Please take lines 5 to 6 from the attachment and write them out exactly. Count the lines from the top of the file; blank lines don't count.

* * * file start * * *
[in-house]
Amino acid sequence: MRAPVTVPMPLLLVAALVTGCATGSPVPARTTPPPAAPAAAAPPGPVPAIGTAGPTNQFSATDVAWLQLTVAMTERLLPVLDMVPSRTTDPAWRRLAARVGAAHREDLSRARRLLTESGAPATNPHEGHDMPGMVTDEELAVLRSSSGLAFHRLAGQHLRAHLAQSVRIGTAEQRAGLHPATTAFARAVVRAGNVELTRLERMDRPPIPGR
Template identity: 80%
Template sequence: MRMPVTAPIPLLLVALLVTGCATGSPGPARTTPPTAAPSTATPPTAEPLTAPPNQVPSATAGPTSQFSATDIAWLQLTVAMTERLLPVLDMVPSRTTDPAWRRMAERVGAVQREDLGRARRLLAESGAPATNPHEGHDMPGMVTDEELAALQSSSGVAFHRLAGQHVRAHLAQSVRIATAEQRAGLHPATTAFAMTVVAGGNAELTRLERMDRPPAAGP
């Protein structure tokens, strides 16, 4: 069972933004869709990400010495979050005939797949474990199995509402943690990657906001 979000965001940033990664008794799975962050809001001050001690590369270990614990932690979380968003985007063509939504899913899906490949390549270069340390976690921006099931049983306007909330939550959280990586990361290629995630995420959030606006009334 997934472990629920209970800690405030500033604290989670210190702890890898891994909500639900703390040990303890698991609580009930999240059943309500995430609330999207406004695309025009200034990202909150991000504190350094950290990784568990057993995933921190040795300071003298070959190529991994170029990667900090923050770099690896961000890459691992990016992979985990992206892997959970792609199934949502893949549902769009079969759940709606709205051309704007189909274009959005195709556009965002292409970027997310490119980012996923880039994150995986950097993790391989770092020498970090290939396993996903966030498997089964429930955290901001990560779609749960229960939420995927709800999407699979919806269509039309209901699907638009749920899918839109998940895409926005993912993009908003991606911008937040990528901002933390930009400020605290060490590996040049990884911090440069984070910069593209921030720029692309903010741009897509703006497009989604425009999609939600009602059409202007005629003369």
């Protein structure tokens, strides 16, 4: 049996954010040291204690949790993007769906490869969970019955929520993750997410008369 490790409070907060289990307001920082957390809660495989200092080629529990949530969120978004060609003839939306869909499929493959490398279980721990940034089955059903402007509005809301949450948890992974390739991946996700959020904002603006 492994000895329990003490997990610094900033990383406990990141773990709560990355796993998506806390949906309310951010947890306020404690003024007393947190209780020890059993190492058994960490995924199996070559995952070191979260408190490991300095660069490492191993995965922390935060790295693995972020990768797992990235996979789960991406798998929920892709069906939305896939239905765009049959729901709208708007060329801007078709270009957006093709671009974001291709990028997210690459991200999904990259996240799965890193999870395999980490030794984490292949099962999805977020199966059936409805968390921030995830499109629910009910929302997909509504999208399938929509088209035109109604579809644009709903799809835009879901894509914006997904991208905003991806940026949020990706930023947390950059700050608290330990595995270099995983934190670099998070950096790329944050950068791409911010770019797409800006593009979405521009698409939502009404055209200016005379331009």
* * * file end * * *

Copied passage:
């Protein structure tokens, strides 16, 4: 069972933004869709990400010495979050005939797949474990199995509402943690990657906001 979000965001940033990664008794799975962050809001001050001690590369270990614990932690979380968003985007063509939504899913899906490949390549270069340390976690921006099931049983306007909330939550959280990586990361290629995630995420959030606006009334 997934472990629920209970800690405030500033604290989670210190702890890898891994909500639900703390040990303890698991609580009930999240059943309500995430609330999207406004695309025009200034990202909150991000504190350094950290990784568990057993995933921190040795300071003298070959190529991994170029990667900090923050770099690896961000890459691992990016992979985990992206892997959970792609199934949502893949549902769009079969759940709606709205051309704007189909274009959005195709556009965002292409970027997310490119980012996923880039994150995986950097993790391989770092020498970090290939396993996903966030498997089964429930955290901001990560779609749960229960939420995927709800999407699979919806269509039309209901699907638009749920899918839109998940895409926005993912993009908003991606911008937040990528901002933390930009400020605290060490590996040049990884911090440069984070910069593209921030720029692309903010741009897509703006497009989604425009999609939600009602059409202007005629003369």
């Protein structure tokens, strides 16, 4: 049996954010040291204690949790993007769906490869969970019955929520993750997410008369 490790409070907060289990307001920082957390809660495989200092080629529990949530969120978004060609003839939306869909499929493959490398279980721990940034089955059903402007509005809301949450948890992974390739991946996700959020904002603006 492994000895329990003490997990610094900033990383406990990141773990709560990355796993998506806390949906309310951010947890306020404690003024007393947190209780020890059993190492058994960490995924199996070559995952070191979260408190490991300095660069490492191993995965922390935060790295693995972020990768797992990235996979789960991406798998929920892709069906939305896939239905765009049959729901709208708007060329801007078709270009957006093709671009974001291709990028997210690459991200999904990259996240799965890193999870395999980490030794984490292949099962999805977020199966059936409805968390921030995830499109629910009910929302997909509504999208399938929509088209035109109604579809644009709903799809835009879901894509914006997904991208905003991806940026949020990706930023947390950059700050608290330990595995270099995983934190670099998070950096790329944050950068791409911010770019797409800006593009979405521009698409939502009404055209200016005379331009």